How did George Santos use celebrity shout-out app Cameo to make more money as a budding influencer than a Congressman?

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George Santos made history as the first House member ejected by his colleagues without a criminal conviction since the Civil War. Now the former representative from New York is making history again for how much he’s earned recording personalized video messages via the website Cameo.

“I will have made more money [on Cameo] in seven days than I would’ve made in an entire year in Congress,” Santos told CBS New York on Dec. 10. Santos, who pleaded not guilty in October to 23 federal felony charges including conspiracy and wire fraud, was expelled from Congress on Dec. 1. Santos did not respond to a request for comment from Yahoo News.

Over the months he spent as a member of Congress, Santos gained notoriety for allegedly lying about many things, from how his campaign finances were spent to appearing on Hannah Montana. Just three days after his expulsion, he joined the video messaging website Cameo where he now records personalized greetings for people for $500 apiece.

Cameo’s CEO, Steven Galanis, confirmed to Yahoo News that he surpassed his $174,000 yearly Congressional salary within a week of joining the site.

What is Cameo and why do people like it?

Cameo is a website through which people can request personalized video messages from a range of celebrities and other notable people in exchange for payment. Prices can range from $1 to thousands of dollars and tend to rise as creators on the site become more popular.

According to Galanis, our longing to get a greeting or a congratulation from another human is as old as civilization itself. We all have people we look up to in our own way — even if, say, we don’t all look up to Real Housewives cast members.

“Everyone has someone that they like, and through Cameo, you can get someone you admire to acknowledge you. It’s mind-blowing,” he told Yahoo. “There’s an aggregation of notable people creating bespoke content. It feels magical.”

For stars, Cameo provides an opportunity to monetize their fame with minimal effort. Galanis said that the “celebrities” don’t even have to be that well-known — just someone from a band you loved, or someone on a team you cheered for, or someone who elicits a feeling of nostalgia. Also, they might be part of a recent viral moment, so interacting with them makes people feel as if they’re a part of the zeitgeist.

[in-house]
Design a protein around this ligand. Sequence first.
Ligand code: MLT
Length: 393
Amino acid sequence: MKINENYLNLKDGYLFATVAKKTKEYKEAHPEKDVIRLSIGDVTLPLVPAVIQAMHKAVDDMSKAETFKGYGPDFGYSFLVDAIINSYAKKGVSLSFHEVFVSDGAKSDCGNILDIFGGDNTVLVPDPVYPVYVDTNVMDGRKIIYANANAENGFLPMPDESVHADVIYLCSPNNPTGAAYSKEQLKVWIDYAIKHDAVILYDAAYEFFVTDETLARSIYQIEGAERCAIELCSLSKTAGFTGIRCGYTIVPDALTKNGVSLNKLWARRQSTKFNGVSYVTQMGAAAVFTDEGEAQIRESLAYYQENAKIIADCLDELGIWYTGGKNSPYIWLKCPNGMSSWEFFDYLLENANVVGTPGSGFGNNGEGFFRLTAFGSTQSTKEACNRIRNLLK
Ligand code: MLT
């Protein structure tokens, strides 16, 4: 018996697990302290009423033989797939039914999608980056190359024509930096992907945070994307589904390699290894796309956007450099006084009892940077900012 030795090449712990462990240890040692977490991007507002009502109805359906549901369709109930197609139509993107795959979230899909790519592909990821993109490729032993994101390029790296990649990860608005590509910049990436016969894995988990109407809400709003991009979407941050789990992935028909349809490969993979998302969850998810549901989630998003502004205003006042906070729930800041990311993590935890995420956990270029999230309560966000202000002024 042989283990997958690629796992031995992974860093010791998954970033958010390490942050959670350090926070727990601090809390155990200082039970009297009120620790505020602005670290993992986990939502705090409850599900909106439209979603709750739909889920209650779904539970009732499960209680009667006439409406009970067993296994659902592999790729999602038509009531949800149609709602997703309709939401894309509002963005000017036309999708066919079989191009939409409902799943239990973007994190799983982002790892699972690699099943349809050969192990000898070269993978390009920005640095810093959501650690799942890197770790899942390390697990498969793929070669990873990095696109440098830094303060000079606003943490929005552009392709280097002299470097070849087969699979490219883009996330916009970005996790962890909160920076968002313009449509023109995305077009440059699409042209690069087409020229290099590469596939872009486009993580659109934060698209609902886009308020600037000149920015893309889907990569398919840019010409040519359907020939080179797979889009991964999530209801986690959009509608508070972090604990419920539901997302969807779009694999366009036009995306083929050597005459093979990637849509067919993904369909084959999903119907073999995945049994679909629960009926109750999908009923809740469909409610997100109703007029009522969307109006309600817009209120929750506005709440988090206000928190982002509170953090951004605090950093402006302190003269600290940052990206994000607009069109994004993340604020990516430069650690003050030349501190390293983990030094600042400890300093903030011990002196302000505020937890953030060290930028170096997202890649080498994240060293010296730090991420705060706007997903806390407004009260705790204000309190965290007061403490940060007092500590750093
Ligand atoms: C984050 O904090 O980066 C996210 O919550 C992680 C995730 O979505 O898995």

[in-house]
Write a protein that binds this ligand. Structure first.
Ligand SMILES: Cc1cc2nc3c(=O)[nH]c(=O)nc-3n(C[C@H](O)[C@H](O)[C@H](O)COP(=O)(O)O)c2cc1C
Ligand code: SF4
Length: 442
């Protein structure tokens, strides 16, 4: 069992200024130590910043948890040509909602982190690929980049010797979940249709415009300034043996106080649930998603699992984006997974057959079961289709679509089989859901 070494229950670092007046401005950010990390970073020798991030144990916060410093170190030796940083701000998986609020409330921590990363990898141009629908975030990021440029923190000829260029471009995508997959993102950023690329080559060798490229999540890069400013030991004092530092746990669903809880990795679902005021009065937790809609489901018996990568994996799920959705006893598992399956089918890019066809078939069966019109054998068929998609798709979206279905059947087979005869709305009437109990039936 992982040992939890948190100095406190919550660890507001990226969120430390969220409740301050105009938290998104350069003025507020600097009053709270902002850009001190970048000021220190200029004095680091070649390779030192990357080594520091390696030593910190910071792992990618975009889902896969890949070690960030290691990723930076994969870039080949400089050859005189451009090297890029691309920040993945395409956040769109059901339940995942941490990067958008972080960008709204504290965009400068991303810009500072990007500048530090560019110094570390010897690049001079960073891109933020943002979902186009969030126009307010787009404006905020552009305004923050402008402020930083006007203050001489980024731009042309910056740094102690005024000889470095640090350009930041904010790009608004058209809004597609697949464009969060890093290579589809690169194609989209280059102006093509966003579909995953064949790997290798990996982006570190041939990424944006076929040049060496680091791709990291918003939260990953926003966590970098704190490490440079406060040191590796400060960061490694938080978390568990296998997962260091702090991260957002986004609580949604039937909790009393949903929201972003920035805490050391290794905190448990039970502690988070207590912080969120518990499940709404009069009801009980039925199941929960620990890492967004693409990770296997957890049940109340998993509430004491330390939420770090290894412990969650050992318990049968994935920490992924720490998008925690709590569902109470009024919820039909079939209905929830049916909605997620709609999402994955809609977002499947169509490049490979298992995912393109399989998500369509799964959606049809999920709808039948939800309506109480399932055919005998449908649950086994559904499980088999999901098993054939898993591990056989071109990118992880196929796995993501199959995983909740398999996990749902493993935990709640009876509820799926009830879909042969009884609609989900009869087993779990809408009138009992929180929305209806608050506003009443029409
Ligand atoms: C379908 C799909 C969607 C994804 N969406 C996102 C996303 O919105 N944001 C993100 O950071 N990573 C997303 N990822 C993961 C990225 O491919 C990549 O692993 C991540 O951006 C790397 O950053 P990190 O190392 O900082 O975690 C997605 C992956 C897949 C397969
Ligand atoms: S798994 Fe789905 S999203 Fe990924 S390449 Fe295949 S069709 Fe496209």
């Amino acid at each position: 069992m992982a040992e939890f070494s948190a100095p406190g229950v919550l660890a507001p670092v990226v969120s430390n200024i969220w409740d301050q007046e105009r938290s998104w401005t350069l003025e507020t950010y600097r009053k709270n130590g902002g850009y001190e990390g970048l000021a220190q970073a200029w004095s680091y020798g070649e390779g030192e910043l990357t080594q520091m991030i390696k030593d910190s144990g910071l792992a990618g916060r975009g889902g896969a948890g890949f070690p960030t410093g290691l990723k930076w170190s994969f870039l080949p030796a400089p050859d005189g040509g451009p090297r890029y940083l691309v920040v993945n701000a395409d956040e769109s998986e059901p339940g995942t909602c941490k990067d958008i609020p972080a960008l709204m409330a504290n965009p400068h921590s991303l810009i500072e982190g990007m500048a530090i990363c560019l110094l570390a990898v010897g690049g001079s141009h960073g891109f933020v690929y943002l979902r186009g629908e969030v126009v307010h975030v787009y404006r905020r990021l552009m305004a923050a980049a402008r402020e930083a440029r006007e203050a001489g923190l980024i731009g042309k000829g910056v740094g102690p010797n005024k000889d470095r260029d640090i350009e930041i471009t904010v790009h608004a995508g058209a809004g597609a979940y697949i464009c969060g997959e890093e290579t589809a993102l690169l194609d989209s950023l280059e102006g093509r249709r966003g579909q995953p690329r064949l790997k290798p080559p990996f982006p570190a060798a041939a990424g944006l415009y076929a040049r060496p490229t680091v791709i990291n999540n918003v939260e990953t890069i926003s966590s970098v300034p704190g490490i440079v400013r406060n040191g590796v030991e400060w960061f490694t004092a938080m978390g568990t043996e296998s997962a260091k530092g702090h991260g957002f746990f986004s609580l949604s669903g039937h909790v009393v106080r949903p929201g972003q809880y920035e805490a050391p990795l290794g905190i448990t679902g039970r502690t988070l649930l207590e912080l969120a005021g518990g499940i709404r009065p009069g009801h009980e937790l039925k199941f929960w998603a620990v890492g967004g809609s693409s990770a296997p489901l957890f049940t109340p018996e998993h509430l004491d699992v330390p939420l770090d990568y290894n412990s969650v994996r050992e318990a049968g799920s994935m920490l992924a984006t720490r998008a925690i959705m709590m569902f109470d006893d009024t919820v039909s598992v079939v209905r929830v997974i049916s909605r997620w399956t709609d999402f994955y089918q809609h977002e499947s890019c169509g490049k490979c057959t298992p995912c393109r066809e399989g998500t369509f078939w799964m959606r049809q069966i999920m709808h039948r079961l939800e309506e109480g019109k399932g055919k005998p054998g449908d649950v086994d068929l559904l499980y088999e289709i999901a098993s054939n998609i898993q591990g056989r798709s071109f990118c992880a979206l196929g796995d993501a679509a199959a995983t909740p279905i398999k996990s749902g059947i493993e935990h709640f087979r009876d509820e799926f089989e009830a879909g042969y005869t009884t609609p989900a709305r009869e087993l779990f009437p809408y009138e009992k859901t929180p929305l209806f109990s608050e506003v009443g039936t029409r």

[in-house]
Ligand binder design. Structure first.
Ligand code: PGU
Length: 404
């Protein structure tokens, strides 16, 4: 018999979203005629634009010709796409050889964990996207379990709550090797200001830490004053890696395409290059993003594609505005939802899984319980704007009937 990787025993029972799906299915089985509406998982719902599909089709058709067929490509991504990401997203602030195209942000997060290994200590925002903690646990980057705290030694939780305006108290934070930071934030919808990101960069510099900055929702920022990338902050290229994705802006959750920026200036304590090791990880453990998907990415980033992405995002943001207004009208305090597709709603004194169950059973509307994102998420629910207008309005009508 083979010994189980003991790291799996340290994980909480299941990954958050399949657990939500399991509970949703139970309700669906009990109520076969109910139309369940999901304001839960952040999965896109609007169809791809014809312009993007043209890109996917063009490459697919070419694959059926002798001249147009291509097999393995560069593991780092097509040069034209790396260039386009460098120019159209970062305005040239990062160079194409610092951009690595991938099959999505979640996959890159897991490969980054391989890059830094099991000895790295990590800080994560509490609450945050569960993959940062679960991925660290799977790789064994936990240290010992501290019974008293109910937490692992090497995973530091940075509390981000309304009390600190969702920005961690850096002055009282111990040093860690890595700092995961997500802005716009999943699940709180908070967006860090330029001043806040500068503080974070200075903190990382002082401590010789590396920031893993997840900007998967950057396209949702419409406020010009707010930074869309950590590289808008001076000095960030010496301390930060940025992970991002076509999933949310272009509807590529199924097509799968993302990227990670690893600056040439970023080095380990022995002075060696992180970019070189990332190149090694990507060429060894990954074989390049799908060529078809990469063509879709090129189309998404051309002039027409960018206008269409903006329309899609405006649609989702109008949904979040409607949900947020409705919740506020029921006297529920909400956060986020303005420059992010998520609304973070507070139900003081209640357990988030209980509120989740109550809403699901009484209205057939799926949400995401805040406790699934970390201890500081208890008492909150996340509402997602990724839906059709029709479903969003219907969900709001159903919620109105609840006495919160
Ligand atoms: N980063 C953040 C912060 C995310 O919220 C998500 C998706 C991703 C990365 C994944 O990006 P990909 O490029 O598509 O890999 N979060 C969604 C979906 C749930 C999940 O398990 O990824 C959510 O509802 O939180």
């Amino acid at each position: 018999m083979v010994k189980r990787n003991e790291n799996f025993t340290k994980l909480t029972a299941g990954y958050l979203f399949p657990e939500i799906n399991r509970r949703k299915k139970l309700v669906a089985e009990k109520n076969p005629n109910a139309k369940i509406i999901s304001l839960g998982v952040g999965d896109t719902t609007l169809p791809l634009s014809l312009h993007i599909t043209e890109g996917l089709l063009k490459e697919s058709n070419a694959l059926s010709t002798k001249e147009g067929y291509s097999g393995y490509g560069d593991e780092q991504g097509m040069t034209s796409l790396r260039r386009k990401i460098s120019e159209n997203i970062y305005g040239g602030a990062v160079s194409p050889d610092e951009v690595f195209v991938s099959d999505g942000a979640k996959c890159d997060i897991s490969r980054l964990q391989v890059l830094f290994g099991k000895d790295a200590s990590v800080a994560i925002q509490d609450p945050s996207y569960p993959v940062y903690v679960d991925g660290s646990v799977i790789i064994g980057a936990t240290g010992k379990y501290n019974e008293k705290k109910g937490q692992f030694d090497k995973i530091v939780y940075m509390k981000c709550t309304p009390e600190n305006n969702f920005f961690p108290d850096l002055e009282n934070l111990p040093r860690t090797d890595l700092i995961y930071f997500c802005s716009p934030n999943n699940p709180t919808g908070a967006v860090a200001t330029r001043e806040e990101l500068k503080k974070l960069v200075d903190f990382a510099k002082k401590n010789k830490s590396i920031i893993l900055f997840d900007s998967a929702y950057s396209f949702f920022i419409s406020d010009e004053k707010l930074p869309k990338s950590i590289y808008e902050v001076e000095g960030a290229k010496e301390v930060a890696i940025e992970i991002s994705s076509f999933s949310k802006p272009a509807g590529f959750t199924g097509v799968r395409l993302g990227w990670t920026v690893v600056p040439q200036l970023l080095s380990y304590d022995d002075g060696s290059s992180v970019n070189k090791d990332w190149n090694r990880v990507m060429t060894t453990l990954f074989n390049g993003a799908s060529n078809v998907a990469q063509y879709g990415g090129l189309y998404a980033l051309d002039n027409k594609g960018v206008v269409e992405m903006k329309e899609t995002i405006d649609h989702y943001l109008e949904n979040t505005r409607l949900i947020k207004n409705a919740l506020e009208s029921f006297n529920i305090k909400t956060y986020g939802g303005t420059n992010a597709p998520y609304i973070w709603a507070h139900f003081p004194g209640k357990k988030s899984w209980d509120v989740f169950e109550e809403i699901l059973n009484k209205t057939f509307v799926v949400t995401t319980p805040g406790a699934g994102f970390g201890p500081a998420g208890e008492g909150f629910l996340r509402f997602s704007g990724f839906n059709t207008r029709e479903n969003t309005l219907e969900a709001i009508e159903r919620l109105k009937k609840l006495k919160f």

The majority of Cameos are booked as gifts for other people, Galanis told Yahoo News. The company makes about 30% of its yearly sales for the year between Thanksgiving and Christmas Day. Christmas Eve is historically the biggest day of the year. Santos entered the scene on Dec. 4, just in time for his video messages to become a last-minute holiday gift.

“By all metrics, he’s a sensation,” Galanis said. “Also, his posts are amazing. He fits the archetype of what does well here — people who are funny, interesting and known for something … like [comedian] Gilbert Gottfried and [The Office actor] Brian Baumgartner.”

Some of Santos’s posts, including videos where he declares “haters are gonna hate” and congratulates someone for coming out as a furry, have gone viral. He’s recorded Cameos for Sen. John Fetterman and Jimmy Kimmel, as well.

Galanis said Santos is on track to break Tiger King star Carole Baskin’s record for having the best first month on the platform. He’s already broken Jon Bon Jovi’s record for the biggest first day on the platform. There are a handful of other politicians on the platform, like former Trump adviser Roger Stone and former Alaska Gov. Sarah Palin, but Santos is by far the most popular.

Could internet celebrity be Santos’s next step?

Michael Hirschorn, a former head of programming at VH1 who oversaw career-launching shows like Flavor of Love and Rock of Love, told New York Magazine that Santos’s persona as a disgraced politician is “like Anthony Weiner times ten.” “There is just so much pleasure in watching him — the fashion, the cockiness, the unearned swag,” he said.

Santos might not have a ton of fans, per se — more like a legion of people who find him fascinating as a politician and “campy gay” icon, as Arwa Mahdawi wrote for The Guardian. But Cameo offers him (and other people in the middle of viral moments) an opportunity to build a fandom. His internet stardom arguably has already begun to surpass what clout he established as a national lawmaker.

No one from Cameo reached out to Santos to ask him to join. He just created a profile and added the link to his bio on X, the platform formerly known as Twitter. Galanis said he didn’t even know that Santos had joined until news outlets started covering it.

“You have to strike while the iron is hot,” Galanis said. “In the social media age, 15 minutes of fame can last 15 years.” He cited another recent Cameo success story, in which Walmart employee Gail Lewis joined the platform after going viral on TikTok for quitting her job at the retailer. Her TikTok garnered 25 million views within 10 days, and now, she’s on the site’s leaderboard for how many requests she’s gotten to make videos at $150 per post. Lewis, like Santos, now has the opportunity to become a viral personality rather than the star of one viral moment.

Weeks after his Cameo debut, Santos recorded an interview with comedian Ziwe. “What could we do to get you to go away?” she asked, referencing his constant presence in headlines since being expelled from Congress. “Stop inviting me to your gigs,” Santos replied. ”But you can’t. Because people want the content.”

Apparently, he’s right. People want content from him so badly, they’re willing to pay $500 to make it personalized. Though it’s likely that the attention he’s getting on Cameo will soon fade, he’s proven that he knows how to go viral — and that’s the core of what it means to be an influencer.